At first glance, it seems the perfect solution to the world’s most dangerous standoff: Find a way to get China to use its enormous influence to force North Korea to abandon its nuclear bombs.
The countries, after all, share a long, porous border, several millennia of history and deep ideological roots. Tens, and possibly hundreds, of thousands of Chinese soldiers, including Mao Zedong’s son, died to save North Korea from obliteration during the Korean War, and China is essentially Pyongyang’s economic lifeline, responsible for most of its trade and oil.
The notion of Chinese power over the North — that the countries are as “close as lips and teeth,” according to a cliche recorded in the 3rd century — is so tantalizing that Donald Trump has spent a good part of his young presidency playing it up.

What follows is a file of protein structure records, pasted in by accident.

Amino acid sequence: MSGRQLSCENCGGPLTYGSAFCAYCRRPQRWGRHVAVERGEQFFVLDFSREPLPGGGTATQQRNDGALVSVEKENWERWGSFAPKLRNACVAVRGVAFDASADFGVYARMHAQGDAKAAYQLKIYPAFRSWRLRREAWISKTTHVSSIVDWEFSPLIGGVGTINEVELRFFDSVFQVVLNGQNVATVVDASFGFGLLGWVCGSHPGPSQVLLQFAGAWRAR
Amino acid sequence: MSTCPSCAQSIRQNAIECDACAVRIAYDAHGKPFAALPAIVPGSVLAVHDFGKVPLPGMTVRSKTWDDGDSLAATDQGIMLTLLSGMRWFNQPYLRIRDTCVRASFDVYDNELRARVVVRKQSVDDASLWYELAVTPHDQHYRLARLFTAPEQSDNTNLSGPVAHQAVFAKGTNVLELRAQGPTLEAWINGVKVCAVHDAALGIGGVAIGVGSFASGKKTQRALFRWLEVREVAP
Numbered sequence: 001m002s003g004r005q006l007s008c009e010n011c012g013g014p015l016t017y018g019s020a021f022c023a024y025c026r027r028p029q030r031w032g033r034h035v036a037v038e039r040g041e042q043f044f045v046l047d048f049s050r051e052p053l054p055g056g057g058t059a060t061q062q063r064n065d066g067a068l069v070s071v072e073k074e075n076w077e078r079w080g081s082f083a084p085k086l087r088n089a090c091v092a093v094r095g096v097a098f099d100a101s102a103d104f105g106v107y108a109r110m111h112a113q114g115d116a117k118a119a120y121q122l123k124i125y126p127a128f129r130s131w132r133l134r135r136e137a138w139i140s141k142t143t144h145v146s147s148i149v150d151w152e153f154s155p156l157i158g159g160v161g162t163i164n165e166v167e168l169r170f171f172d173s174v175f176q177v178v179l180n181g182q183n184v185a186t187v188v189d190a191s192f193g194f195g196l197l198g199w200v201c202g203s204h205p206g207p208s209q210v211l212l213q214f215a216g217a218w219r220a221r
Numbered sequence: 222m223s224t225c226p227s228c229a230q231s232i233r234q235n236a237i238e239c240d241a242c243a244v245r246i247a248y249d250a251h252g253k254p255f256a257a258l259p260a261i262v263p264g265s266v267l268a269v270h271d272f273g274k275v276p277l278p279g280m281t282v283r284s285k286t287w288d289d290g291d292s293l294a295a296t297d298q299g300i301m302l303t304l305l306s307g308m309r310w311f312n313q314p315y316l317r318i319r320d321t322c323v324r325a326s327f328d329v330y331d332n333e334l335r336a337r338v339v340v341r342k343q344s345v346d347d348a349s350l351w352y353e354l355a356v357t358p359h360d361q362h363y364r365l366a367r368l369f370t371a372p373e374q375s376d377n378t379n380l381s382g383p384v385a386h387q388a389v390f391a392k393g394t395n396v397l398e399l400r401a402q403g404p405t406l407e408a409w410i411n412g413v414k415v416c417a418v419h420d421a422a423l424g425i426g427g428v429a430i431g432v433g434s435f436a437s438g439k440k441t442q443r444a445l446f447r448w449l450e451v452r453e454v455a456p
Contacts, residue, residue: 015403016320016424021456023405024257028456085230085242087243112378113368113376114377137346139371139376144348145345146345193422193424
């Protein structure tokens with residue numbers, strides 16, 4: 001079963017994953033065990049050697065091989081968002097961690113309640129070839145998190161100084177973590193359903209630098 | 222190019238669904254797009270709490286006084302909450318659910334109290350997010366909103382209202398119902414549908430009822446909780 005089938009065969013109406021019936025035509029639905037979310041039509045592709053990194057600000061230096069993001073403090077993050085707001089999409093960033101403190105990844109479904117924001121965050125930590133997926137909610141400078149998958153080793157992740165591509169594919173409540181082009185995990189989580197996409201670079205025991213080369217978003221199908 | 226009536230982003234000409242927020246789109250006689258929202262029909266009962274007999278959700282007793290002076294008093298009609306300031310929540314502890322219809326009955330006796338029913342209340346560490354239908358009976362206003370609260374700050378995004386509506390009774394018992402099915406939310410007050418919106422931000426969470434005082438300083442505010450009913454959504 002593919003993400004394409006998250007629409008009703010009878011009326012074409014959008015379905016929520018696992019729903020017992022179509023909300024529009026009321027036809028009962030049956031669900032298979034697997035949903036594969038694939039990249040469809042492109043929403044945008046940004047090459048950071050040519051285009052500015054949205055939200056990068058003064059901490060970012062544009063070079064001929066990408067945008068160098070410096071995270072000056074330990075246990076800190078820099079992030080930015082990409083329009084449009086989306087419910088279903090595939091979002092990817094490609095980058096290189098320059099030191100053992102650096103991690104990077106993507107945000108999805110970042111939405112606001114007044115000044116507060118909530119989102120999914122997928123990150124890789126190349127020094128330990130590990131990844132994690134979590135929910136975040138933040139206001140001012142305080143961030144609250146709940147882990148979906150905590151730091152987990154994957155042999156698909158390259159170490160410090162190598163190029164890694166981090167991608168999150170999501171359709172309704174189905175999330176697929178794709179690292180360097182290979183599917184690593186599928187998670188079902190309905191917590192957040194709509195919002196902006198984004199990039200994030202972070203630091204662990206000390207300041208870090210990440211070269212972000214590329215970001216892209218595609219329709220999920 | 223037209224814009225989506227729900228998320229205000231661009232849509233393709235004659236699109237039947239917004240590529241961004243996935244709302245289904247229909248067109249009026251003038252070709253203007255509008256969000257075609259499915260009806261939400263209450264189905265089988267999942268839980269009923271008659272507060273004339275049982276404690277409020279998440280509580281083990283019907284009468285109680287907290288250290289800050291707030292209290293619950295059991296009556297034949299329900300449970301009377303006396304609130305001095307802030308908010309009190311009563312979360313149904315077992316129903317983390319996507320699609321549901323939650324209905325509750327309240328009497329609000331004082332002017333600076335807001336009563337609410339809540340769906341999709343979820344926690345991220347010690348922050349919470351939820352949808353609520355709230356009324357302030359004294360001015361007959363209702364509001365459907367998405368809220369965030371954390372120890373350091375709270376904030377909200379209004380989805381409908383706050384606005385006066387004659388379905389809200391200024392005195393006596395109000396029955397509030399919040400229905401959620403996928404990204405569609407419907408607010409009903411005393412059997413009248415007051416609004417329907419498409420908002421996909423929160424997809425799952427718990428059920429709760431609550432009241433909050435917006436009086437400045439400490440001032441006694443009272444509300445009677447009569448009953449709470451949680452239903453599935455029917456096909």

The reality, however, is that the complicated, often exasperating, relationship is less about friendship or political bonds than a deep and mutually uneasy dependency. Nominally allies, the neighbors operate in a near constant state of tension, a mix of ancient distrust and dislike and the grating knowledge that they are inextricably tangled up with each other, however much they might chafe against it.
This matters because if China is not the solution to the nuclear crisis, then outsiders long sold on the idea must recalibrate their efforts as North Korea approaches a viable arsenal of nuclear-tipped missiles capable of reaching the U.S. mainland, something the CIA chief this week estimated as only a matter of months away.